Interim carbon price preferable to time-wasting political stunt – Greens Senator Ctine Milne in The Australian looks to a suggestion made by Ross Garnaut a year ago to break the Senate deadlock over emissions trading proposals. She argues we should pass an interim measure that, for two years, would use the Carbon Pollution Reduction Scheme reporting architecture with a fixed $20 carbon price.


Beijing tightens reins on growth surgeChina’s economic growth surged to 10.7 per cent in the last quarter of last year and 8.7 per cent for the year, justifying government efforts to rein in bank lending to prevent asset bubbles – The Australian

China's economy headed for bubble – Fears that China's booming economy will overheat continue to mount after the Asian powerhouse cast off the shackles of the global recession and returned to double-digit economic growth – Brisbane Courier Mail


Tony Abbott's water policy leaky, says Penny Wong – Water Minister Penny Wong has declared Tony Abbott's threat to hold a referendum for federal control of the Murray-Darling Basin to be hollow, as it would be defeated by the larger states – The Australian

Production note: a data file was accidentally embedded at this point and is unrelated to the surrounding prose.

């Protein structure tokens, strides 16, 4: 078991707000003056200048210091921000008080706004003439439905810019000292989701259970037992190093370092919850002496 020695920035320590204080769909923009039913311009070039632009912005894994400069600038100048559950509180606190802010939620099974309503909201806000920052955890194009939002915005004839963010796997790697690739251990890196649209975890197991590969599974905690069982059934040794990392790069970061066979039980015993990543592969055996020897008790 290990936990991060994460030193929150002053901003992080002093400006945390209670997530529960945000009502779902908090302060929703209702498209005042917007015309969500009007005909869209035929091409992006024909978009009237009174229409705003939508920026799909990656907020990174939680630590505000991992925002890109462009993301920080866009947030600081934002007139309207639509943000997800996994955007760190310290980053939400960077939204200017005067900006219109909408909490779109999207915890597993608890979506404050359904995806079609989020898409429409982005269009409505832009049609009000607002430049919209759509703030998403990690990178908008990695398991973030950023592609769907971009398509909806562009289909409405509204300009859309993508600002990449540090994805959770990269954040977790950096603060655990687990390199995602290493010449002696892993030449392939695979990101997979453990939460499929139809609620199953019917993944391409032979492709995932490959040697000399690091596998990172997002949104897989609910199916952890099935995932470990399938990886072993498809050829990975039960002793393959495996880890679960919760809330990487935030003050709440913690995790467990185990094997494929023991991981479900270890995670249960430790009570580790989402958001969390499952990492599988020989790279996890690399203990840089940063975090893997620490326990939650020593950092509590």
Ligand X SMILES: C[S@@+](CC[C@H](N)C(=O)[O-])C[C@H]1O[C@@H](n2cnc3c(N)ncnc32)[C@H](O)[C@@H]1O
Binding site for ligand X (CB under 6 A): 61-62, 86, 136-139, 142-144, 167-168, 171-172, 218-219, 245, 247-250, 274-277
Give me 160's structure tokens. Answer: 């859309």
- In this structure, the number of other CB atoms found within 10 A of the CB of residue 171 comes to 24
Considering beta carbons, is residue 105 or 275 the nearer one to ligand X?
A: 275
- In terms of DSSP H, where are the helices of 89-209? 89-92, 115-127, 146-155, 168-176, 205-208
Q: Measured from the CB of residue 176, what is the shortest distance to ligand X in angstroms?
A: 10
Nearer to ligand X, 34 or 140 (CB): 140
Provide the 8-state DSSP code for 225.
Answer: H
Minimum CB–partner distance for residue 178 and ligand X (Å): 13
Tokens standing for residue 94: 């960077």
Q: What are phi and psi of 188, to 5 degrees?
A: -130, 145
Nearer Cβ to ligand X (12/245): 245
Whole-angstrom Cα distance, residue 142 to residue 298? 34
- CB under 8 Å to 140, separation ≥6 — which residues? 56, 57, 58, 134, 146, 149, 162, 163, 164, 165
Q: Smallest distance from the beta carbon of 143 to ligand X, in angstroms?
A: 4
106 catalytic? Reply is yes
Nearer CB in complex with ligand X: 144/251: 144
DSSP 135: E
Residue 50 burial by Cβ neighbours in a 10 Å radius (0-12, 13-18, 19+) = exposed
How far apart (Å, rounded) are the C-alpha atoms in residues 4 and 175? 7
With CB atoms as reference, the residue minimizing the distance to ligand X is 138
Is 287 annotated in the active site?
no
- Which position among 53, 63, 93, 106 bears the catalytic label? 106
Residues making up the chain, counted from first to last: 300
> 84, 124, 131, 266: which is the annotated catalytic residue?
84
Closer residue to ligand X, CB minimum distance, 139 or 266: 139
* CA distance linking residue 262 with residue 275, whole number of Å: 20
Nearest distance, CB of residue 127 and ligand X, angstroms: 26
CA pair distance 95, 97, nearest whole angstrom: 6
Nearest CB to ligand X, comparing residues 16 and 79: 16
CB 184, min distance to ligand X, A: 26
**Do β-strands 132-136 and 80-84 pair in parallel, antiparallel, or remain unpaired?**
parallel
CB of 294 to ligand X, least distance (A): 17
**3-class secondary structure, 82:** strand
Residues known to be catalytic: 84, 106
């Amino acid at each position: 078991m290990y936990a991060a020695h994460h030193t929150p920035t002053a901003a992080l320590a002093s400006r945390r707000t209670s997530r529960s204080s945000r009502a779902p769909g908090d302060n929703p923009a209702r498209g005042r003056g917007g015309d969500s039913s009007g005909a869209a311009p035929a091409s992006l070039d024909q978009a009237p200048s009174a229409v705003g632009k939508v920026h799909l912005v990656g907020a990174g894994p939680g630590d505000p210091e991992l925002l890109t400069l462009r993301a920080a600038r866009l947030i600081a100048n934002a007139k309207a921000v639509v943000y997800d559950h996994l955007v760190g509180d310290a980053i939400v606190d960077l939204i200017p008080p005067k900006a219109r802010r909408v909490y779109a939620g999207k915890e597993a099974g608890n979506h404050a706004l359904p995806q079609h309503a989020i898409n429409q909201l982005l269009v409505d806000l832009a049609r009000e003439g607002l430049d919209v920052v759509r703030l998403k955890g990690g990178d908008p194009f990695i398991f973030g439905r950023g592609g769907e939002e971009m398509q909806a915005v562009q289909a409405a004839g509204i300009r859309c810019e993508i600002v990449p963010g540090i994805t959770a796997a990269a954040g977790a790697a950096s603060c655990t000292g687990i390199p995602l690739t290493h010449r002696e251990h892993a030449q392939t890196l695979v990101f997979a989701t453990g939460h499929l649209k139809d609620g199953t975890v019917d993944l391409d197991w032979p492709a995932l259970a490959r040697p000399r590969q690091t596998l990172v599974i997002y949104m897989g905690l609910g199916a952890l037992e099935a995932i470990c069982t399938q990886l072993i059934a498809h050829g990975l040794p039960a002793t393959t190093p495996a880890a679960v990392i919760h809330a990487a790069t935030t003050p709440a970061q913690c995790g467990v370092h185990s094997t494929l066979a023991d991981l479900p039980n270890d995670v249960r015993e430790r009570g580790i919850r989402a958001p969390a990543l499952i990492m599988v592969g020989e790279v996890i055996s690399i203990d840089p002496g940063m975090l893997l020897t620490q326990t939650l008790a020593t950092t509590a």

ABC friends fear quality drop in 24-hour TV – The ABC has announced plans for a 24-hour digital news channel amid criticism from some competitors and supporters that funding for the new venture will come at the expense of existing services – The Australian

Channel 10 rings in changes for Sunday night shake-up – Channel 10 has fired the first salvo in the 2010 ratings war by unveiling a shock new Sunday night line-up – Melbourne Herald Sun



Pie-chucker Howard up for plum job – After describing himself for years as a ''cricket tragic'' - and exposing himself to be a tragic cricketer - John Howard is in the running for the post-prime ministerial job he probably always wanted: running international cricket – Melbourne Age

ICC arena no place for this inexpert right-arm slow – Peter Roebuck in the Sydney Morning Herald writes that ricket Australia's decision to nominate John Howard as its candidate for the top job at the International Cricket Council is as pitiful as it is disrespectful.

Law and order

Hi-tech speeding crackdown already lowering toll – New technology designed to catch speeding motorists has been credited for the encouraging start to this year's road toll in QueenslandBrisbane Courier Mail

It's a tax on stupidity and plenty are going to pay it – Rhys Haynes in the Sydney Daily Telegraph writes how watching vehicles triggering a red light and speed camera for four hours can teach you a lot about humanity. First and foremost, that Sydney drivers are all very quick to mouth off about the Government raising revenue from these cameras, but ultimately they only have themselves to blame.